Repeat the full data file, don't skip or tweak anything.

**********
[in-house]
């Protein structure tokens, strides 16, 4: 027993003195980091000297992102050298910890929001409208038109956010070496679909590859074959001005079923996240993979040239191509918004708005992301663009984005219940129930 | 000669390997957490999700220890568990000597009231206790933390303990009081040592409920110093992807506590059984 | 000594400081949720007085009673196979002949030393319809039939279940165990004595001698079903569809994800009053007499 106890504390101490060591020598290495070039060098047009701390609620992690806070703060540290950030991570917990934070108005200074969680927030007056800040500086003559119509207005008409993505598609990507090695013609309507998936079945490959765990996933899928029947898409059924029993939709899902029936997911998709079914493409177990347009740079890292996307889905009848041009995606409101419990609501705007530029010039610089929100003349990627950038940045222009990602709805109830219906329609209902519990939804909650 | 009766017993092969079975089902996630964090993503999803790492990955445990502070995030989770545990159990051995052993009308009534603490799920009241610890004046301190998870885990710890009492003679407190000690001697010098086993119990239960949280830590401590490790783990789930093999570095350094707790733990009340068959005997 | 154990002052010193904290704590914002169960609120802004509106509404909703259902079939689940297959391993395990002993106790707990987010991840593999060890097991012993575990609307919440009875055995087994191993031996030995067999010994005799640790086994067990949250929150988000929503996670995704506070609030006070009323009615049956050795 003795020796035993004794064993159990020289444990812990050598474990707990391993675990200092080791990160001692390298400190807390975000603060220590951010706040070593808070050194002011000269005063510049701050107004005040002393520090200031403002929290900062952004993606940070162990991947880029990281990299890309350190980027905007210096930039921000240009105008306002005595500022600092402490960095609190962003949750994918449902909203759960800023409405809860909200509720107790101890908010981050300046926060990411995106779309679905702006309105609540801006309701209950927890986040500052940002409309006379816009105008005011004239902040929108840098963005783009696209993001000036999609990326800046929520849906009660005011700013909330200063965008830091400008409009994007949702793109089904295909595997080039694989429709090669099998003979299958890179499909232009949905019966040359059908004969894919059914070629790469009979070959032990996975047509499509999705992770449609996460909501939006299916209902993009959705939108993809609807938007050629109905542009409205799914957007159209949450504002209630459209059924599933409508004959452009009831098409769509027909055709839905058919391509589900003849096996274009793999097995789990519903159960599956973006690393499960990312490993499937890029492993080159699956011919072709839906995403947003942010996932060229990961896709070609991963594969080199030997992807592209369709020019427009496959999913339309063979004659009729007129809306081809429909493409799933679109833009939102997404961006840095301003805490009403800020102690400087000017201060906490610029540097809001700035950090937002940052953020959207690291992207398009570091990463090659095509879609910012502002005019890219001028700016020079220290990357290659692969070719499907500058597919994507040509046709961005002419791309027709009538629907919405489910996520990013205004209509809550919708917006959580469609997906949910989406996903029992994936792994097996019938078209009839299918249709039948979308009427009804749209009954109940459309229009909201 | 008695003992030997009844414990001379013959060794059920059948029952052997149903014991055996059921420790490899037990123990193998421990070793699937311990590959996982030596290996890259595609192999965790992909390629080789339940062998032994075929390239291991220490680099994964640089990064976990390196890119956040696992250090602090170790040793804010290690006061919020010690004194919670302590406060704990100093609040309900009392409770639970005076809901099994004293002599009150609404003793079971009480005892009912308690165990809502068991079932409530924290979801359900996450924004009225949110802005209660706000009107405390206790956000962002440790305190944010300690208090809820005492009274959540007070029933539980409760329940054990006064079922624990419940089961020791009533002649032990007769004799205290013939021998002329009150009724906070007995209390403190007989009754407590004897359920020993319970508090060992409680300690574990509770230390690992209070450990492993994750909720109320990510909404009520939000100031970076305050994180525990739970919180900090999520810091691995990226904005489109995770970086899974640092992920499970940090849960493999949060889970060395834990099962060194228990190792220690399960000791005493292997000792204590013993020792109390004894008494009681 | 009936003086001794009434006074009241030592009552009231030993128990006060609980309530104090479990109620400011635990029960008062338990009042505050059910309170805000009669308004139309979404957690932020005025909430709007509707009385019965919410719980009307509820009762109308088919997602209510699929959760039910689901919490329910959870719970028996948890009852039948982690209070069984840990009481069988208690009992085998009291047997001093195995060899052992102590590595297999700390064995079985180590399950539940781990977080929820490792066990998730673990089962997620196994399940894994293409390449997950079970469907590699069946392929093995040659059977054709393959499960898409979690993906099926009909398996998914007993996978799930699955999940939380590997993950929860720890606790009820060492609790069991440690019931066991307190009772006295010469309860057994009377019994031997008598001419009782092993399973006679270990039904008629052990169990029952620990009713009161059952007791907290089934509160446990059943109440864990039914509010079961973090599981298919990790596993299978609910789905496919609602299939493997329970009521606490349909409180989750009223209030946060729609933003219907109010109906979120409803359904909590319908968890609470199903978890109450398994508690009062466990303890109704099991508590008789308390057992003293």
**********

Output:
[in-house]
């Protein structure tokens, strides 16, 4: 027993003195980091000297992102050298910890929001409208038109956010070496679909590859074959001005079923996240993979040239191509918004708005992301663009984005219940129930 | 000669390997957490999700220890568990000597009231206790933390303990009081040592409920110093992807506590059984 | 000594400081949720007085009673196979002949030393319809039939279940165990004595001698079903569809994800009053007499 106890504390101490060591020598290495070039060098047009701390609620992690806070703060540290950030991570917990934070108005200074969680927030007056800040500086003559119509207005008409993505598609990507090695013609309507998936079945490959765990996933899928029947898409059924029993939709899902029936997911998709079914493409177990347009740079890292996307889905009848041009995606409101419990609501705007530029010039610089929100003349990627950038940045222009990602709805109830219906329609209902519990939804909650 | 009766017993092969079975089902996630964090993503999803790492990955445990502070995030989770545990159990051995052993009308009534603490799920009241610890004046301190998870885990710890009492003679407190000690001697010098086993119990239960949280830590401590490790783990789930093999570095350094707790733990009340068959005997 | 154990002052010193904290704590914002169960609120802004509106509404909703259902079939689940297959391993395990002993106790707990987010991840593999060890097991012993575990609307919440009875055995087994191993031996030995067999010994005799640790086994067990949250929150988000929503996670995704506070609030006070009323009615049956050795 003795020796035993004794064993159990020289444990812990050598474990707990391993675990200092080791990160001692390298400190807390975000603060220590951010706040070593808070050194002011000269005063510049701050107004005040002393520090200031403002929290900062952004993606940070162990991947880029990281990299890309350190980027905007210096930039921000240009105008306002005595500022600092402490960095609190962003949750994918449902909203759960800023409405809860909200509720107790101890908010981050300046926060990411995106779309679905702006309105609540801006309701209950927890986040500052940002409309006379816009105008005011004239902040929108840098963005783009696209993001000036999609990326800046929520849906009660005011700013909330200063965008830091400008409009994007949702793109089904295909595997080039694989429709090669099998003979299958890179499909232009949905019966040359059908004969894919059914070629790469009979070959032990996975047509499509999705992770449609996460909501939006299916209902993009959705939108993809609807938007050629109905542009409205799914957007159209949450504002209630459209059924599933409508004959452009009831098409769509027909055709839905058919391509589900003849096996274009793999097995789990519903159960599956973006690393499960990312490993499937890029492993080159699956011919072709839906995403947003942010996932060229990961896709070609991963594969080199030997992807592209369709020019427009496959999913339309063979004659009729007129809306081809429909493409799933679109833009939102997404961006840095301003805490009403800020102690400087000017201060906490610029540097809001700035950090937002940052953020959207690291992207398009570091990463090659095509879609910012502002005019890219001028700016020079220290990357290659692969070719499907500058597919994507040509046709961005002419791309027709009538629907919405489910996520990013205004209509809550919708917006959580469609997906949910989406996903029992994936792994097996019938078209009839299918249709039948979308009427009804749209009954109940459309229009909201 | 008695003992030997009844414990001379013959060794059920059948029952052997149903014991055996059921420790490899037990123990193998421990070793699937311990590959996982030596290996890259595609192999965790992909390629080789339940062998032994075929390239291991220490680099994964640089990064976990390196890119956040696992250090602090170790040793804010290690006061919020010690004194919670302590406060704990100093609040309900009392409770639970005076809901099994004293002599009150609404003793079971009480005892009912308690165990809502068991079932409530924290979801359900996450924004009225949110802005209660706000009107405390206790956000962002440790305190944010300690208090809820005492009274959540007070029933539980409760329940054990006064079922624990419940089961020791009533002649032990007769004799205290013939021998002329009150009724906070007995209390403190007989009754407590004897359920020993319970508090060992409680300690574990509770230390690992209070450990492993994750909720109320990510909404009520939000100031970076305050994180525990739970919180900090999520810091691995990226904005489109995770970086899974640092992920499970940090849960493999949060889970060395834990099962060194228990190792220690399960000791005493292997000792204590013993020792109390004894008494009681 | 009936003086001794009434006074009241030592009552009231030993128990006060609980309530104090479990109620400011635990029960008062338990009042505050059910309170805000009669308004139309979404957690932020005025909430709007509707009385019965919410719980009307509820009762109308088919997602209510699929959760039910689901919490329910959870719970028996948890009852039948982690209070069984840990009481069988208690009992085998009291047997001093195995060899052992102590590595297999700390064995079985180590399950539940781990977080929820490792066990998730673990089962997620196994399940894994293409390449997950079970469907590699069946392929093995040659059977054709393959499960898409979690993906099926009909398996998914007993996978799930699955999940939380590997993950929860720890606790009820060492609790069991440690019931066991307190009772006295010469309860057994009377019994031997008598001419009782092993399973006679270990039904008629052990169990029952620990009713009161059952007791907290089934509160446990059943109440864990039914509010079961973090599981298919990790596993299978609910789905496919609602299939493997329970009521606490349909409180989750009223209030946060729609933003219907109010109906979120409803359904909590319908968890609470199903978890109450398994508690009062466990303890109704099991508590008789308390057992003293």